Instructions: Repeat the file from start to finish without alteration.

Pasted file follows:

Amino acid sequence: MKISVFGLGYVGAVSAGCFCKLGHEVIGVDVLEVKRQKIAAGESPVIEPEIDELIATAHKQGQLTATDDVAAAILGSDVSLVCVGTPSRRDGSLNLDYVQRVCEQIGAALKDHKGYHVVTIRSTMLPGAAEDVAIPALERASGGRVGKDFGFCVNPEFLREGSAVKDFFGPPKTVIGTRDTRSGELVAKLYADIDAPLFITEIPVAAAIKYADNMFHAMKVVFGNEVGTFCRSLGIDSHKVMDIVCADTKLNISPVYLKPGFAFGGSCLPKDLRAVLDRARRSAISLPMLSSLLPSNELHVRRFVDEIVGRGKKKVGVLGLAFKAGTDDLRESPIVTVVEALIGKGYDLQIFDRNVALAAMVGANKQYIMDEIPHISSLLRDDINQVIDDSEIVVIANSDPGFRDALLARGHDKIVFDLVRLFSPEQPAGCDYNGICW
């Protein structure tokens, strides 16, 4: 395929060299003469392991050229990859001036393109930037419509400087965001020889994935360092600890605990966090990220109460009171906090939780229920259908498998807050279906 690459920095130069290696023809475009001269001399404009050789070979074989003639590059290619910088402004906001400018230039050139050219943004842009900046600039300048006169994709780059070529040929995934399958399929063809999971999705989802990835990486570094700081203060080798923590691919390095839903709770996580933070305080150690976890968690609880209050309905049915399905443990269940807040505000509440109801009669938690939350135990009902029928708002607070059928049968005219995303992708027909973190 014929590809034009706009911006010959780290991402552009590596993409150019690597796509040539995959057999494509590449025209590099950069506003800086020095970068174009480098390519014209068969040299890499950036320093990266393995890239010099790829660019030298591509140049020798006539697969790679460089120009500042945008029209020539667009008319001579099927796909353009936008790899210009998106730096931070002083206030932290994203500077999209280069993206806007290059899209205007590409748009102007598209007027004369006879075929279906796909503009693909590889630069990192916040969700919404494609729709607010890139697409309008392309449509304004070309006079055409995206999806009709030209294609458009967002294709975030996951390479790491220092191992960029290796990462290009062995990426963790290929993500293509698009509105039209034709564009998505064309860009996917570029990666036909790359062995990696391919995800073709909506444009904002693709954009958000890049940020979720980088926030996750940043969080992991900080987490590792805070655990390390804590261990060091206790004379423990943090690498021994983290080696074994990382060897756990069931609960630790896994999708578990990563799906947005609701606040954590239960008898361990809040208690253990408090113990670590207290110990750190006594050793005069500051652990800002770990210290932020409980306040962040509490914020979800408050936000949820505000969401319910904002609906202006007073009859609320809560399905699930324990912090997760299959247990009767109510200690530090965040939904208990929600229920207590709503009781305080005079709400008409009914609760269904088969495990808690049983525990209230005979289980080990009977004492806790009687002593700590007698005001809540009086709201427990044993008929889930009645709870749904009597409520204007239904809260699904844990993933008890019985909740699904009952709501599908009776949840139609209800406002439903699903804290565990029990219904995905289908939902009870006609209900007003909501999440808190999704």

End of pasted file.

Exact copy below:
Amino acid sequence: MKISVFGLGYVGAVSAGCFCKLGHEVIGVDVLEVKRQKIAAGESPVIEPEIDELIATAHKQGQLTATDDVAAAILGSDVSLVCVGTPSRRDGSLNLDYVQRVCEQIGAALKDHKGYHVVTIRSTMLPGAAEDVAIPALERASGGRVGKDFGFCVNPEFLREGSAVKDFFGPPKTVIGTRDTRSGELVAKLYADIDAPLFITEIPVAAAIKYADNMFHAMKVVFGNEVGTFCRSLGIDSHKVMDIVCADTKLNISPVYLKPGFAFGGSCLPKDLRAVLDRARRSAISLPMLSSLLPSNELHVRRFVDEIVGRGKKKVGVLGLAFKAGTDDLRESPIVTVVEALIGKGYDLQIFDRNVALAAMVGANKQYIMDEIPHISSLLRDDINQVIDDSEIVVIANSDPGFRDALLARGHDKIVFDLVRLFSPEQPAGCDYNGICW
């Protein structure tokens, strides 16, 4: 395929060299003469392991050229990859001036393109930037419509400087965001020889994935360092600890605990966090990220109460009171906090939780229920259908498998807050279906 690459920095130069290696023809475009001269001399404009050789070979074989003639590059290619910088402004906001400018230039050139050219943004842009900046600039300048006169994709780059070529040929995934399958399929063809999971999705989802990835990486570094700081203060080798923590691919390095839903709770996580933070305080150690976890968690609880209050309905049915399905443990269940807040505000509440109801009669938690939350135990009902029928708002607070059928049968005219995303992708027909973190 014929590809034009706009911006010959780290991402552009590596993409150019690597796509040539995959057999494509590449025209590099950069506003800086020095970068174009480098390519014209068969040299890499950036320093990266393995890239010099790829660019030298591509140049020798006539697969790679460089120009500042945008029209020539667009008319001579099927796909353009936008790899210009998106730096931070002083206030932290994203500077999209280069993206806007290059899209205007590409748009102007598209007027004369006879075929279906796909503009693909590889630069990192916040969700919404494609729709607010890139697409309008392309449509304004070309006079055409995206999806009709030209294609458009967002294709975030996951390479790491220092191992960029290796990462290009062995990426963790290929993500293509698009509105039209034709564009998505064309860009996917570029990666036909790359062995990696391919995800073709909506444009904002693709954009958000890049940020979720980088926030996750940043969080992991900080987490590792805070655990390390804590261990060091206790004379423990943090690498021994983290080696074994990382060897756990069931609960630790896994999708578990990563799906947005609701606040954590239960008898361990809040208690253990408090113990670590207290110990750190006594050793005069500051652990800002770990210290932020409980306040962040509490914020979800408050936000949820505000969401319910904002609906202006007073009859609320809560399905699930324990912090997760299959247990009767109510200690530090965040939904208990929600229920207590709503009781305080005079709400008409009914609760269904088969495990808690049983525990209230005979289980080990009977004492806790009687002593700590007698005001809540009086709201427990044993008929889930009645709870749904009597409520204007239904809260699904844990993933008890019985909740699904009952709501599908009776949840139609209800406002439903699903804290565990029990219904995905289908939902009870006609209900007003909501999440808190999704």